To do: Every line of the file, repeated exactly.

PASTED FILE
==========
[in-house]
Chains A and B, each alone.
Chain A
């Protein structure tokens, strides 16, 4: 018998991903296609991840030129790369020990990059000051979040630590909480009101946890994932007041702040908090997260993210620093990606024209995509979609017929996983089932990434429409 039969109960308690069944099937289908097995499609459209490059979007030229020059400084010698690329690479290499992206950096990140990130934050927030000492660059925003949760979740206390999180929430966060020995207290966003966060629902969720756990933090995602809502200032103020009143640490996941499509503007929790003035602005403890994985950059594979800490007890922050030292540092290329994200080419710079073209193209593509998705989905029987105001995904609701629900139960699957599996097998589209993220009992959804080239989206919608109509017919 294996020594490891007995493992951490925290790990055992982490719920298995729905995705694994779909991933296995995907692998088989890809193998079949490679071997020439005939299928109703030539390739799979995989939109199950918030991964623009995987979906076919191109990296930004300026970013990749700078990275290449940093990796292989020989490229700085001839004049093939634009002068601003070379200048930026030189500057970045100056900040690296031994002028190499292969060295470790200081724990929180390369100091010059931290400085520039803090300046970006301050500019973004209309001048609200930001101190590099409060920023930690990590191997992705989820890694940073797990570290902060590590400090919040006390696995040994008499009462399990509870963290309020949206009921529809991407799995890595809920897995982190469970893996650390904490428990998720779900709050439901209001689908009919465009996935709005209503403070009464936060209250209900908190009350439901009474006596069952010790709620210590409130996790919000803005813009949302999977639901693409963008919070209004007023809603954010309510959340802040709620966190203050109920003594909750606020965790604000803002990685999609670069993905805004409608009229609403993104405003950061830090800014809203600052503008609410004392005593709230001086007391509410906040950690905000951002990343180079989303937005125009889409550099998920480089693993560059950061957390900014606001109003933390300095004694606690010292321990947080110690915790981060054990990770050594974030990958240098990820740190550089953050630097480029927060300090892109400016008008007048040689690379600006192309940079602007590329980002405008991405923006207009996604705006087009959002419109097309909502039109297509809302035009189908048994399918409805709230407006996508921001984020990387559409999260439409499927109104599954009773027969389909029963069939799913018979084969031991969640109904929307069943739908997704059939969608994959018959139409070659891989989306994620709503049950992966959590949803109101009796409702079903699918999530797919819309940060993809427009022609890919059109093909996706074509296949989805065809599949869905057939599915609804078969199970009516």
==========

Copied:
[in-house]
Chains A and B, each alone.
Chain A
């Protein structure tokens, strides 16, 4: 018998991903296609991840030129790369020990990059000051979040630590909480009101946890994932007041702040908090997260993210620093990606024209995509979609017929996983089932990434429409 039969109960308690069944099937289908097995499609459209490059979007030229020059400084010698690329690479290499992206950096990140990130934050927030000492660059925003949760979740206390999180929430966060020995207290966003966060629902969720756990933090995602809502200032103020009143640490996941499509503007929790003035602005403890994985950059594979800490007890922050030292540092290329994200080419710079073209193209593509998705989905029987105001995904609701629900139960699957599996097998589209993220009992959804080239989206919608109509017919 294996020594490891007995493992951490925290790990055992982490719920298995729905995705694994779909991933296995995907692998088989890809193998079949490679071997020439005939299928109703030539390739799979995989939109199950918030991964623009995987979906076919191109990296930004300026970013990749700078990275290449940093990796292989020989490229700085001839004049093939634009002068601003070379200048930026030189500057970045100056900040690296031994002028190499292969060295470790200081724990929180390369100091010059931290400085520039803090300046970006301050500019973004209309001048609200930001101190590099409060920023930690990590191997992705989820890694940073797990570290902060590590400090919040006390696995040994008499009462399990509870963290309020949206009921529809991407799995890595809920897995982190469970893996650390904490428990998720779900709050439901209001689908009919465009996935709005209503403070009464936060209250209900908190009350439901009474006596069952010790709620210590409130996790919000803005813009949302999977639901693409963008919070209004007023809603954010309510959340802040709620966190203050109920003594909750606020965790604000803002990685999609670069993905805004409608009229609403993104405003950061830090800014809203600052503008609410004392005593709230001086007391509410906040950690905000951002990343180079989303937005125009889409550099998920480089693993560059950061957390900014606001109003933390300095004694606690010292321990947080110690915790981060054990990770050594974030990958240098990820740190550089953050630097480029927060300090892109400016008008007048040689690379600006192309940079602007590329980002405008991405923006207009996604705006087009959002419109097309909502039109297509809302035009189908048994399918409805709230407006996508921001984020990387559409999260439409499927109104599954009773027969389909029963069939799913018979084969031991969640109904929307069943739908997704059939969608994959018959139409070659891989989306994620709503049950992966959590949803109101009796409702079903699918999530797919819309940060993809427009022609890919059109093909996706074509296949989805065809599949869905057939599915609804078969199970009516």